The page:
It’s been a few weeks since I talked to Scott Garibaldi about the litter situation on Duncan Avenue. I knew that the Department of Public Works had met with him after that blog post, and that they spoke with him about improving services. Checking in with him this evening, he said mostly what I had expected: “Even though things have gotten better, it is still not enough to keep up with the severity of the situation.”
Thinking about this persistent problem made me curious to do some research and talk to some people outside of Jersey City, outside the direct mix of personalities and particulars of our area, to hopefully get a fresh perspective on this problem. After all, litter is a issue everywhere; cities throughout the US have all come up with their own programs and ways of dealing with it.
Nobody gets a PhD in litter strategies (at least, no one I could find), but there are related fields. I found Dr. Rosemary Wakeman, the Coordinator of Urban Initiatives at Fordham University, through a friend who suggested I speak with her. And by way of an article about litter and what communities can do to help with it, I also found Justin Travis, who is a specialist in Industrial Organizational Psychology and instructor at several colleges/universities. Wakeman and I spoke via the phone; Travis and I emailed each other. Here’s what I found out from speaking with them.
In light of the daily debates taking place on social media and beyond about crime, drug use/abuse, and protests about police in inner cities, it’s nice when you see someone actually walking the walk behind the talk.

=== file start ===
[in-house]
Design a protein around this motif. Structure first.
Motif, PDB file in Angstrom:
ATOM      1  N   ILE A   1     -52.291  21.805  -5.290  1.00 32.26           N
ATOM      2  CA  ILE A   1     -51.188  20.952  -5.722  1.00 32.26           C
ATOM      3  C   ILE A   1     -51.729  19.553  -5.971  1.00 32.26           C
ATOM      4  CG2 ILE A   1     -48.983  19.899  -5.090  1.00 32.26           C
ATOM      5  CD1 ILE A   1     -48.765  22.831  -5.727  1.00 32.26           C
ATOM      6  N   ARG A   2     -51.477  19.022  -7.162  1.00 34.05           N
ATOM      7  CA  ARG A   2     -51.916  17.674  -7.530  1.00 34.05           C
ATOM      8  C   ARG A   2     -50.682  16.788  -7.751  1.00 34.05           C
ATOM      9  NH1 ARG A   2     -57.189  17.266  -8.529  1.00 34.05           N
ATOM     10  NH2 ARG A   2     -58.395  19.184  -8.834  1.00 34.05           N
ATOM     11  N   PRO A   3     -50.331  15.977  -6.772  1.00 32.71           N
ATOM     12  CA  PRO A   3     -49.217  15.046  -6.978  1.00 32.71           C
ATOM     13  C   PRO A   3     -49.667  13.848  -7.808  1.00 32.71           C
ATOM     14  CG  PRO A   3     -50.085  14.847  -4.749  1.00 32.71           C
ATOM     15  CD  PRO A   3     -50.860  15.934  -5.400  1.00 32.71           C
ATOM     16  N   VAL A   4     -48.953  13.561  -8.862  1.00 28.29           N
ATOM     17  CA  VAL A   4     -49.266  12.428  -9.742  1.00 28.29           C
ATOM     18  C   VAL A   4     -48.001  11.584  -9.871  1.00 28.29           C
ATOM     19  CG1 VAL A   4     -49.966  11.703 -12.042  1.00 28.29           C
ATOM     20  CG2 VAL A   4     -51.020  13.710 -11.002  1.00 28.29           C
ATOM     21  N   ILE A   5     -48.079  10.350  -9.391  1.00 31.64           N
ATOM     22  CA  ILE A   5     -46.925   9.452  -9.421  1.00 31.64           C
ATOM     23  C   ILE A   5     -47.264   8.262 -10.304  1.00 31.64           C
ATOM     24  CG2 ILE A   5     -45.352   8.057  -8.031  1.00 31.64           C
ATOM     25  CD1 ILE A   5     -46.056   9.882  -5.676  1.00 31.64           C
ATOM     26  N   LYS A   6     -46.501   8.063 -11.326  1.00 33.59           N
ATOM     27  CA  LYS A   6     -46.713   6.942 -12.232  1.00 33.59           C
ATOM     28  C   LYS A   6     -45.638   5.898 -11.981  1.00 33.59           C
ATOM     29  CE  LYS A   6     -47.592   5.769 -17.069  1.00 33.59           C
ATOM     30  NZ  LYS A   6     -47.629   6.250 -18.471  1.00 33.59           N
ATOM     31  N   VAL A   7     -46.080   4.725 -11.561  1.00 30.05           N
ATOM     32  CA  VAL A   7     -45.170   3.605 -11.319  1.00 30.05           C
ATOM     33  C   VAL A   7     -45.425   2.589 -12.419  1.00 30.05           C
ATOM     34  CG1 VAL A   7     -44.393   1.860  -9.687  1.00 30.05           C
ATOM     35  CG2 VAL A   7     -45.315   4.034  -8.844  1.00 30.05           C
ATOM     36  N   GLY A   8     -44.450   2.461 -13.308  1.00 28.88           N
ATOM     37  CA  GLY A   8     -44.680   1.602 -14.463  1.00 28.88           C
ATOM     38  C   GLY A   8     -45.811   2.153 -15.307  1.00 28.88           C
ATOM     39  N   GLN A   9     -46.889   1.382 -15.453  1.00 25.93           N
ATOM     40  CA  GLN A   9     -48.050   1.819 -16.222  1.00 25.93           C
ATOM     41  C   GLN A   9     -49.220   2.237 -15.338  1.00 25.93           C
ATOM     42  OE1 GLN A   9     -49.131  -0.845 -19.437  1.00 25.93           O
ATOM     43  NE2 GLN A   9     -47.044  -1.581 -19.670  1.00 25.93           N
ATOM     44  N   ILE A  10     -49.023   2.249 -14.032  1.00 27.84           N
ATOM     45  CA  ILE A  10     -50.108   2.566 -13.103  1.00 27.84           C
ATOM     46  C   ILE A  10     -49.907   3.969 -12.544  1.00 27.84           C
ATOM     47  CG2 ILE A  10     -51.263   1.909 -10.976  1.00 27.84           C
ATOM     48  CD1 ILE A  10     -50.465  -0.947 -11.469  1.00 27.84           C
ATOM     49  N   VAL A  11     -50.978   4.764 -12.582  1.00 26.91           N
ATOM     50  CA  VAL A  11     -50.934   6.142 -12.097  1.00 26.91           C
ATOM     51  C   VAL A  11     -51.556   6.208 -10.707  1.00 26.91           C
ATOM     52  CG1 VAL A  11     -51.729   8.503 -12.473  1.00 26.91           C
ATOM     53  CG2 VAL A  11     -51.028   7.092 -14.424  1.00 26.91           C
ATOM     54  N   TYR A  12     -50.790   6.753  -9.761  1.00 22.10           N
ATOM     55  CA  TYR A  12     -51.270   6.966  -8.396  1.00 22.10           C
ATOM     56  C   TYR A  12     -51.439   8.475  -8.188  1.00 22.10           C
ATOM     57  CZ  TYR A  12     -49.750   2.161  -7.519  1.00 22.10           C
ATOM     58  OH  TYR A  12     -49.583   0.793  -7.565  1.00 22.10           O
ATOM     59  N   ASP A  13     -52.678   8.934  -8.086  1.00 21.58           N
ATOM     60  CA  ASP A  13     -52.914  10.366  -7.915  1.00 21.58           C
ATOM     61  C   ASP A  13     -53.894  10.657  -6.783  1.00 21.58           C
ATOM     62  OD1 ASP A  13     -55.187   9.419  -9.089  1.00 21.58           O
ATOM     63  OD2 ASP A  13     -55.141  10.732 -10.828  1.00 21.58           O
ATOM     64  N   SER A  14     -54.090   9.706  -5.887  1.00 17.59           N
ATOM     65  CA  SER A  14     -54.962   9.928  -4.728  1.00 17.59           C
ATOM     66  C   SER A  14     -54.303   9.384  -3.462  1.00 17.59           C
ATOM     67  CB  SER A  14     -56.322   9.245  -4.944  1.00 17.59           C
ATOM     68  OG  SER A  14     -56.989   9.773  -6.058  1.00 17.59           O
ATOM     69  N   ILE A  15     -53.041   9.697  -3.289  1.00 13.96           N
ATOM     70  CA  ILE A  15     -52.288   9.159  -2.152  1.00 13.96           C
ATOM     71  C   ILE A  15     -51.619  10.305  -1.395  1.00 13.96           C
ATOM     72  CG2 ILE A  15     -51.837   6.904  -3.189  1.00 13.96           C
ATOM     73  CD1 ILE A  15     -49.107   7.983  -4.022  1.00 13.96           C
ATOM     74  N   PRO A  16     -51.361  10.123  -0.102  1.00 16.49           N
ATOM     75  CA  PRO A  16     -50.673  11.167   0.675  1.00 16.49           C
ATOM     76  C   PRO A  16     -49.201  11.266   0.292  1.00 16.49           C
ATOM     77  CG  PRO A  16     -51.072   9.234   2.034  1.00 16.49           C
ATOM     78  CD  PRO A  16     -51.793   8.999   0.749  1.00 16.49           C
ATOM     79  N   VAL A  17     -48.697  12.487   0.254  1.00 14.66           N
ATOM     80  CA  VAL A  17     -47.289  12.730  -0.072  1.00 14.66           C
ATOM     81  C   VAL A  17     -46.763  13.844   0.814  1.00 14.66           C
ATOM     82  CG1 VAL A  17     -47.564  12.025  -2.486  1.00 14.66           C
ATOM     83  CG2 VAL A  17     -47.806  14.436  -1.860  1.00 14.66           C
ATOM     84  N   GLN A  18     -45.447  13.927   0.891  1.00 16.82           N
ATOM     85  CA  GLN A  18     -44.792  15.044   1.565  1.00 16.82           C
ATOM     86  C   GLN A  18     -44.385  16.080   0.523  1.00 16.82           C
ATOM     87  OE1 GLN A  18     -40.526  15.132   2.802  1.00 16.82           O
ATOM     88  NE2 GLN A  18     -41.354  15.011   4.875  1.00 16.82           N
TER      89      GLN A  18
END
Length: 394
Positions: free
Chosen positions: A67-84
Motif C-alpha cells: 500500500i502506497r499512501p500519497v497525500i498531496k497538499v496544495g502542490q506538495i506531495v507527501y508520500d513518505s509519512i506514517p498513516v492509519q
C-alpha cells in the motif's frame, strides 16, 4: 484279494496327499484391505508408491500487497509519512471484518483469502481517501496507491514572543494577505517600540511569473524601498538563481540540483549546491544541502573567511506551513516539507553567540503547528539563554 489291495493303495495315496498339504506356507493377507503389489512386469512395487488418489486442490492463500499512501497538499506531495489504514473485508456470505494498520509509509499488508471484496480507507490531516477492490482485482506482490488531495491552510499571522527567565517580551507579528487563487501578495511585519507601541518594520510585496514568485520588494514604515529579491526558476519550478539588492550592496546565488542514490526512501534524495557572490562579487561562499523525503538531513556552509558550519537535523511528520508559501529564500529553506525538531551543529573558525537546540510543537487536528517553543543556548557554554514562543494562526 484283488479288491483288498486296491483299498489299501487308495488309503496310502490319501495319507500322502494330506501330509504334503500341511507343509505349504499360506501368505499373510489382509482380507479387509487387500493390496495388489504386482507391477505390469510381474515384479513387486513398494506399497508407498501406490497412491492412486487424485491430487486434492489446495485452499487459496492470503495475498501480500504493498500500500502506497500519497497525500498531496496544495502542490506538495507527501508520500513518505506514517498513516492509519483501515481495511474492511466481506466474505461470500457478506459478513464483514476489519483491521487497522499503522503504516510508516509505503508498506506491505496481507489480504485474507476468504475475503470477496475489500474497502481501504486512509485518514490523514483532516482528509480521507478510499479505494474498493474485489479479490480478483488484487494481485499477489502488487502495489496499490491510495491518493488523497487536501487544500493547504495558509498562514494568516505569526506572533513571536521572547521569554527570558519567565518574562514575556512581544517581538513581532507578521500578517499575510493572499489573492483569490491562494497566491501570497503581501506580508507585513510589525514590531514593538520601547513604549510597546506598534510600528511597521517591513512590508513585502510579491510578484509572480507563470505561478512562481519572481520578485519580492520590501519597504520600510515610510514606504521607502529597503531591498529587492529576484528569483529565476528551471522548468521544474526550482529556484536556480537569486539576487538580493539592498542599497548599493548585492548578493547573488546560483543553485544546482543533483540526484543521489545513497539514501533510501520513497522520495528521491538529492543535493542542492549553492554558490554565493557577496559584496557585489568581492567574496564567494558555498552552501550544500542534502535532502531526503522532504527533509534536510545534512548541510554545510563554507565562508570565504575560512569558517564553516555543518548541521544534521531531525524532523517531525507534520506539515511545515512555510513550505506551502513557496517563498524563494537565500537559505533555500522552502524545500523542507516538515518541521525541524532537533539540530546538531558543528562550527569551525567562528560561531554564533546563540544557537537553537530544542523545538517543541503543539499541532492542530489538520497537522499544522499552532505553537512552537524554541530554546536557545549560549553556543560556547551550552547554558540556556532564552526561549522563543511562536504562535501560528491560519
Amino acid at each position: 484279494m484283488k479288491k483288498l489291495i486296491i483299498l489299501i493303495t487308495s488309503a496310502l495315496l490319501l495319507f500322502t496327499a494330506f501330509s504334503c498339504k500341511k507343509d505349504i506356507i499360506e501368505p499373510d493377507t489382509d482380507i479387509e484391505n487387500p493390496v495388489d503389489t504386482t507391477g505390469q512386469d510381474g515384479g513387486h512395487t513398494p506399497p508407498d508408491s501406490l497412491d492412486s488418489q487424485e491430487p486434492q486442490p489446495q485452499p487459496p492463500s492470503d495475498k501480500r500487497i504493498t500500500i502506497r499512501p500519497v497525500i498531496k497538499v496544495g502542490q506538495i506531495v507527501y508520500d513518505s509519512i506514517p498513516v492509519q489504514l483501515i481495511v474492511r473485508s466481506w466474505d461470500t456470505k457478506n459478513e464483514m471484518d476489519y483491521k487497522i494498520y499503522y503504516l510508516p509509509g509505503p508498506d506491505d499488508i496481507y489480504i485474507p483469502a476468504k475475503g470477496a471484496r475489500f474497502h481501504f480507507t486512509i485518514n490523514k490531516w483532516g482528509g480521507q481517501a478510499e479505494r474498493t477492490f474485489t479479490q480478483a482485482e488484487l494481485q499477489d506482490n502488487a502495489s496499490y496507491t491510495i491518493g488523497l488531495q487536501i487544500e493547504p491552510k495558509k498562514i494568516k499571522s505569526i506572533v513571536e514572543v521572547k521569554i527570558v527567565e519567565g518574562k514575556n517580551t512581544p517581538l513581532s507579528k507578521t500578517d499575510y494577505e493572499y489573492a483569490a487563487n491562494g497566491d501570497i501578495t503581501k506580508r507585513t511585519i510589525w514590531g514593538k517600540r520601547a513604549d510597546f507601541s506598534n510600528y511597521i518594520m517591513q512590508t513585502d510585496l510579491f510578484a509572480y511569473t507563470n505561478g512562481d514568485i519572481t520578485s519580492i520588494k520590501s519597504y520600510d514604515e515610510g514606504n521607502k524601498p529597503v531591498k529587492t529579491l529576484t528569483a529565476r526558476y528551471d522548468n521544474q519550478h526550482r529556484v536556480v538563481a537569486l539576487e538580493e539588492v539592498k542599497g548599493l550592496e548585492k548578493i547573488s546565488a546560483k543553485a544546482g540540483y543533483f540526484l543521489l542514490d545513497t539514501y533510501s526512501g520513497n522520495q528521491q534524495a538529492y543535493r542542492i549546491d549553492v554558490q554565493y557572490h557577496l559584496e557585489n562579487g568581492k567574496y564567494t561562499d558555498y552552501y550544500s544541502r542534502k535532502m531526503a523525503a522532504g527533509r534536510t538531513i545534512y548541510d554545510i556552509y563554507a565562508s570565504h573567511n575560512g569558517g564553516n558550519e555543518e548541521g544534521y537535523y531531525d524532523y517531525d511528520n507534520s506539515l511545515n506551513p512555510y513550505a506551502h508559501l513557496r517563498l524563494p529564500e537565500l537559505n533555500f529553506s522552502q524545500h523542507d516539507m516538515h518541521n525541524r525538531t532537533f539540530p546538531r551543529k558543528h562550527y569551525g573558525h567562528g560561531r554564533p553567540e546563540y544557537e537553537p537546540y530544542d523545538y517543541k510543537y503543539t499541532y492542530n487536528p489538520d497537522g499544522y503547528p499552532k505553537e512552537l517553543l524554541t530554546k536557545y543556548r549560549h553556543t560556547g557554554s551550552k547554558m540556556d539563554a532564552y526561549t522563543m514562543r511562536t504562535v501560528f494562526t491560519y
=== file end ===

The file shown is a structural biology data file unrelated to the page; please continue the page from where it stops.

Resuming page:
I’ve known Febo (though, virtually, not in person!) since 2013 through my college sorority network. (My sorority, Mu Sigma Upsilon has a brother fraternity (Lambda Sigma Upsilon), which Febo is part of.)
He founded Guazabera Insights in 2010 as a health and educational services provider whose mission is to raise social consciousness and uplift communities. They do this through the dissemination of cultural and social consciousness education in communities of need, while addressing the social issues that affect communities through organizing and action.
Most of the work is done in Jersey City, a large and diverse city right outside of Manhattan in which 52% of its population speak another language other than English in the home, and, in some wards, citizens still struggles with crime. The organization also provides employment and internship opportunities in Jersey City and Paterson, N.J.
Each weekend, Febo and others from Guazabera Insights hit the streets to educate the public on healthier lifestyles. He explains why in this video, which was shot recently while engaging with the public in Jersey City’s Journal Square.
But the work doesn’t stop on the streets. How about helping the incarcerated at Hudson County Correctional Center, which many wrongly assume are beyond change, with a reintegration program? Febo, a fantastic public speaker, does that, too, as illustrated in the video below.
You can watch a more comprehensive video of Guazabera Insights’ work at the Hudson County Correctional Center here.
A Brooklyn native, Febo graduated from the University at Buffalo with a master’s degree in Humanities Interdisciplinary: Caribbean Cultural Studies, studied in Havana, Cuba and Bahia, Brazil. His master’s thesis, “Sazón Batería y Soberanía: Puerto Rico in the Dance for Self-Determination,” is a documentary regarding Puerto Rican Sovereignty. He also attained a bachelor’s degree in Latino Studies, concentrating in history and politics.
He’s set to release his album Escape From Fat Cat City on Jan. 8, but has released a couple of tracks in the meantime for our listening pleasure.